Recovering for the Wrongful Death of a Loved One in Florida

A wrongful death occurs when one person kills another person through misconduct. Every state applies its own wrongful death law, including Florida. Six-figure recoveries and beyond are not at all uncommon remedies for wrongful death.

The Elements of a Wrongful Death Claim

To win a wrongful death claim, you must prove the following facts:

  1. The defendant owed a legal duty of care toward the victim–to dive safely on public roads, for example.
  2. The defendant breached their legal duty of care. The defendant might have behaved negligently, for example.
  3. The victim died from their injuries. If they are still alive, they might have a personal injury aim but not a wrongful death claim.
  4. The defendant’s misconduct was the foreseeable cause of the victim’s death.
  5. The victim’s family suffered quantifiable losses as a consequence of the victim’s death.

You must prove all six of these elements to win. Some of them, such as #2 and #5, are very easy to prove under most circumstances.

Who Can File a Florida Wrongful Death Lawsuit?

Unlike many states, where various relatives can file a wrongful death lawsuit, in Florida, the plaintiff must be the personal representative (executor) of the deceased victim’s probate estate. 

The personal representative is typically named in the victim’s will and confirmed by the probate court. If there is no will or no executor designation, the court can appoint an appropriate party, typically a close relative.

Wrongful Death vs. Homicide 

If the death of the victim was a crime, why file a lawsuit instead of a criminal complaint? Actually, you can and should file both. You can pursue a wrongful death claim in or out of court at the same time as a homicide prosecution – assuming that the defendant’s conduct amounted to a crime.

Ordinary Negligence Versus Criminal Negligence

Ordinary negligence might mean running a stop sign. Criminal negligence might mean driving 40 mph through a school zone. Either form of negligence can support a wrongful death claim, but only criminal negligence can support criminal charges. 

In other words, a wrongful death defendant’s conduct doesn’t have to amount to a crime, but it might. 

Burden of Proof

To win a criminal conviction, the prosecutor must prove the defendant’s guilt “beyond a reasonable doubt” – a very high standard of proof. To win a wrongful death lawsuit, all you need to prove liability is “a preponderance of the evidence” – a 51% likelihood, or “more likely than not.” 

Importantly, this means you can win a lawsuit against a defendant who was acquitted for the same conduct in criminal court.


If the court convicts a defendant of homicide, you can expect a long prison sentence or perhaps even capital punishment. There may also be fines. If you win a wrongful death lawsuit, however, financial compensation is usually the exclusive remedy.

Compensation in Wrongful Death Cases

Compensation in wrongful death cases differs from compensation in personal injury cases. Please refer to the list below:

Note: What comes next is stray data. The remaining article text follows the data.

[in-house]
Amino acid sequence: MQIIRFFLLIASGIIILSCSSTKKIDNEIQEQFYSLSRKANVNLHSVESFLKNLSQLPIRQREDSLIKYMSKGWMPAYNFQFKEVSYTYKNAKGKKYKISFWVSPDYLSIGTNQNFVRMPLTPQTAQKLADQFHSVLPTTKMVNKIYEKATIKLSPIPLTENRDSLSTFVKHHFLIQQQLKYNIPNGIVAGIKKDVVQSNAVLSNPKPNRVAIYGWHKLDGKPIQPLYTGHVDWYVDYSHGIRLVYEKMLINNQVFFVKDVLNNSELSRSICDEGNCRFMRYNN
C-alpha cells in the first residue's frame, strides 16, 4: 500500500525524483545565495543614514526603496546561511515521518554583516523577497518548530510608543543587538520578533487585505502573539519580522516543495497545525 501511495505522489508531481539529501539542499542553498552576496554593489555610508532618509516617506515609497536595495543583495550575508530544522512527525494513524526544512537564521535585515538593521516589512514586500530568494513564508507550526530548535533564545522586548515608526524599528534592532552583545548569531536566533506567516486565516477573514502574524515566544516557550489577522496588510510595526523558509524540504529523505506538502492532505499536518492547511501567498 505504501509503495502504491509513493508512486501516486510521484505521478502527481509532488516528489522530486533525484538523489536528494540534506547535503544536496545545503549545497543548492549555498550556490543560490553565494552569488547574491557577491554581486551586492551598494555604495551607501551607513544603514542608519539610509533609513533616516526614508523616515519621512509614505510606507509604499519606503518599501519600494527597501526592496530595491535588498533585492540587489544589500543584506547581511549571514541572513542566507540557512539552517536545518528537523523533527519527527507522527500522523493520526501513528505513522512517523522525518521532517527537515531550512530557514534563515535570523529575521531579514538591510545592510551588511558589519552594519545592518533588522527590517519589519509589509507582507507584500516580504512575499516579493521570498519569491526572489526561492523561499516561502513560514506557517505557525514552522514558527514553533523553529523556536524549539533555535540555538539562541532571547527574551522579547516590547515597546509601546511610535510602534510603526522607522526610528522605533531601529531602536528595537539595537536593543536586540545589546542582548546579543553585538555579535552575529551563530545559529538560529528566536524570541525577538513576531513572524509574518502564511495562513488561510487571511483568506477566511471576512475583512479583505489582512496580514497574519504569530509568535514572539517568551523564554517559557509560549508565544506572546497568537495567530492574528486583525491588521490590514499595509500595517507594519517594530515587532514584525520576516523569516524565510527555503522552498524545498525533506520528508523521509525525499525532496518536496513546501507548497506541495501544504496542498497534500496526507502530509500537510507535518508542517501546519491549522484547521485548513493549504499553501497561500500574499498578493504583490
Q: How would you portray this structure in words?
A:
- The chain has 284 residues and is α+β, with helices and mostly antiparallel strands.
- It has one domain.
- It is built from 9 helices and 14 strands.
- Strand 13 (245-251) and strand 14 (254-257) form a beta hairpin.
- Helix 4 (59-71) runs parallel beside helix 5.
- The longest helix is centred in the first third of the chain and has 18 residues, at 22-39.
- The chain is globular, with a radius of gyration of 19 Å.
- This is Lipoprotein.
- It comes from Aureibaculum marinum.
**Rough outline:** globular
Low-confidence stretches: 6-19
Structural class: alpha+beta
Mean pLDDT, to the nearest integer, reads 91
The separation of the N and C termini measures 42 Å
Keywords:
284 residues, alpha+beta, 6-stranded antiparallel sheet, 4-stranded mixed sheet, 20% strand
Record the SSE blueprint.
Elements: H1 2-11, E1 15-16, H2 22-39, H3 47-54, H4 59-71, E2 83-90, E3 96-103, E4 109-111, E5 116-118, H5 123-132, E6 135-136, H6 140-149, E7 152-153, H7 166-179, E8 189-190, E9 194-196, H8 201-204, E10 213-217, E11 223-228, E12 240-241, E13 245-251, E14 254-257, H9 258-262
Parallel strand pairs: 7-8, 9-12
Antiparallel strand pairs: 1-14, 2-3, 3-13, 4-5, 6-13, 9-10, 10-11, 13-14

• Medical expenses. These go to whichever party paid them (often the victim’s estate).
  • Funeral and burial expenses: These go to whichever party paid them.
  • Loss of financial support and/or services.
  • Loss of companionship and protection.
  • Psychological pain and suffering (of surviving family members).
  • Loss of consortium: Loss of companionship, intimacy, and affection (only the victim’s spouse can claim loss of consortium).
  • Punitive damages, in case of outrageous misconduct by the defendant.

These are just common examples of typical compensation; there is no formal list.

The Statute of Limitations Deadline

The Florida statute of limitations for filing a wrongful death lawsuit is usually two years. This means not necessarily two years after the victim’s injury, but instead two years after the victim’s date of death. This might be the same date, or it might not be.

Florida applies one particularly important exception – there is no statute of limitations for deaths caused by murder or manslaughter.

A Lawyer Is a Practical Necessity

It’s a serious matter when one person’s misconduct causes the death of another person. Because of the value of human life, there is almost always a lot of money at stake. That alone is a good enough reason to hire a lawyer. 

The more money that’s involved, the greater the differential between the least amount you’re likely to win and the greatest amount. That is where you could come out far ahead with a good lawyer, even after you pay your legal fees.

Contact Our Personal Injury Law Firm in South Florida

If you’ve been injured in an accident, please contact our experienced personal injury lawyers in Florida at Hollander Law Firm Accident Injury Lawyers to schedule a free consultation today. We have three convenient locations in Boca Raton, Fort Lauderdale, and West Palm Beach.

We proudly serve Palm Beach County, Broward County, and its surrounding areas:

Hollander Law Firm Accident Injury Lawyers – Boca Raton Law Office
7000 W Palmetto Park Rd #500
Boca Raton, FL 33433
(561) 347-7770

Hollander Law Firm Accident Injury Lawyers – Fort Lauderdale Law Office
200 S.E. 6th Street #203
Fort Lauderdale, FL 33301
(954) 287-0566

Hollander Law Firm Accident Injury Lawyers – West Palm Beach Law Office
319 Clematis St #203
West Palm Beach, FL 33401
(561) 556-7873